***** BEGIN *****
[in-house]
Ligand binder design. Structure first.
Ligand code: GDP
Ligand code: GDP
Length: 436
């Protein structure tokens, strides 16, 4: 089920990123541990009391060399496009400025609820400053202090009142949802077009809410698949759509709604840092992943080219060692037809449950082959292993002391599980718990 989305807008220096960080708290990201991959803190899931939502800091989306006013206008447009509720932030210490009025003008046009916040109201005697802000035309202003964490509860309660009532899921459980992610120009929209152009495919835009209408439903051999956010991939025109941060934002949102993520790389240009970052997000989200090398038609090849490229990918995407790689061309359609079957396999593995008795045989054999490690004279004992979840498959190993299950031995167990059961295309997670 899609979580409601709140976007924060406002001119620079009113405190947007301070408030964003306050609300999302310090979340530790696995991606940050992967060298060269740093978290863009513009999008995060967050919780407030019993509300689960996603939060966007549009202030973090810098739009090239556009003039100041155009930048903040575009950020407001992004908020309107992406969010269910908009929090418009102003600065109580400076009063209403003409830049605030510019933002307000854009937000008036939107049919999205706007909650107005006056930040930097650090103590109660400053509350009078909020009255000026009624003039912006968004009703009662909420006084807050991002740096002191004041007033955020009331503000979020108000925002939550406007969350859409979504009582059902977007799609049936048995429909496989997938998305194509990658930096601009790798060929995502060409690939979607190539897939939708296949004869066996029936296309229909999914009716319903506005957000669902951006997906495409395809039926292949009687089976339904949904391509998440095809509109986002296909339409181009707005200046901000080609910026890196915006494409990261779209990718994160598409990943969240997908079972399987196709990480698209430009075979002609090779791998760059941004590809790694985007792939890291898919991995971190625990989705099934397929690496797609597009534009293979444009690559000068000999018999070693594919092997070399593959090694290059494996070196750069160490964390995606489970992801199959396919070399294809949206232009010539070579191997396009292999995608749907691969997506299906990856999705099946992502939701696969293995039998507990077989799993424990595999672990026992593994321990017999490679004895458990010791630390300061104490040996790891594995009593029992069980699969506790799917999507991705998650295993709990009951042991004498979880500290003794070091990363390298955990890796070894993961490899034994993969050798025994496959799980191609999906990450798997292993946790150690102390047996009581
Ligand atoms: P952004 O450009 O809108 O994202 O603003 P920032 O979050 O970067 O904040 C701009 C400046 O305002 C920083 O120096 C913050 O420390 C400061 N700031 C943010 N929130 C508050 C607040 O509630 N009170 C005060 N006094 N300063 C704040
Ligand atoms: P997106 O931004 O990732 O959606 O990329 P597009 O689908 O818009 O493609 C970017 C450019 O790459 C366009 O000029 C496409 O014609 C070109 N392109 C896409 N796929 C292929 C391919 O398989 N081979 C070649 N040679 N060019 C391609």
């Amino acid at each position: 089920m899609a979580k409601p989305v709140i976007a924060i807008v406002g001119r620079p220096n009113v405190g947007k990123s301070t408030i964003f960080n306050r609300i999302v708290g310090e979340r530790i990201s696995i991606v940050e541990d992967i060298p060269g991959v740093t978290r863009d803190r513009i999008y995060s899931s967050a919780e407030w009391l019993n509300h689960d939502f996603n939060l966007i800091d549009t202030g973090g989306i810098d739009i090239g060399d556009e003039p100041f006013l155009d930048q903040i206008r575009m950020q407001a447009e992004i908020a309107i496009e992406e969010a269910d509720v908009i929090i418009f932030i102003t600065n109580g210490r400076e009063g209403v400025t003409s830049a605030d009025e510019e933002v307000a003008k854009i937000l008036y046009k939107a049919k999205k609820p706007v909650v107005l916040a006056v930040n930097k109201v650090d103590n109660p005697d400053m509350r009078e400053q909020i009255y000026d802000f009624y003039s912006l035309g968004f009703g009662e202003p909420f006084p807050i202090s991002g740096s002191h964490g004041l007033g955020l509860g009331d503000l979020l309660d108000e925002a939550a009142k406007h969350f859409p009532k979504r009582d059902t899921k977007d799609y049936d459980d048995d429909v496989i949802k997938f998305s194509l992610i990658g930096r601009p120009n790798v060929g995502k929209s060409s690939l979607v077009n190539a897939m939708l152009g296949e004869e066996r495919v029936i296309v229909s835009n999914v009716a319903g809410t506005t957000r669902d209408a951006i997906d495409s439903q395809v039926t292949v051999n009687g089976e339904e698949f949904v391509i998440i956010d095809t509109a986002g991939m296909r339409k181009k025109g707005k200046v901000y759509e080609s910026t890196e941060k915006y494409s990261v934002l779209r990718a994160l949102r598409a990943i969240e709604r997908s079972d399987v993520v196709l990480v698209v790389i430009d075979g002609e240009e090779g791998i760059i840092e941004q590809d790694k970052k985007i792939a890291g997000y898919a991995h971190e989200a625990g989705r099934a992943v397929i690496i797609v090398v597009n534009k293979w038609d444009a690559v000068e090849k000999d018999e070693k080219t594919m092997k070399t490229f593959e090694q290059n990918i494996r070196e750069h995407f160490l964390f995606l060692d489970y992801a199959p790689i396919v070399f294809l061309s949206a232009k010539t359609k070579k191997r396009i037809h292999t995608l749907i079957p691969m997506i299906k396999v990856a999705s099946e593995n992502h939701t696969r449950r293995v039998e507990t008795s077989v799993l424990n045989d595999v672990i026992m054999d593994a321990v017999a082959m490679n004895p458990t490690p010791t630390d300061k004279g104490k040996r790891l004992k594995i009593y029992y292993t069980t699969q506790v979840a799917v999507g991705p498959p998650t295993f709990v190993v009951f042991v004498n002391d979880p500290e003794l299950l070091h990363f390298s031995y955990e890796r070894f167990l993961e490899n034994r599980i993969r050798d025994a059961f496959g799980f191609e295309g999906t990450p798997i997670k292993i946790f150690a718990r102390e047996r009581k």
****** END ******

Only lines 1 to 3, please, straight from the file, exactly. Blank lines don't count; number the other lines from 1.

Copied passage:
[in-house]
Ligand binder design. Structure first.
Ligand code: GDP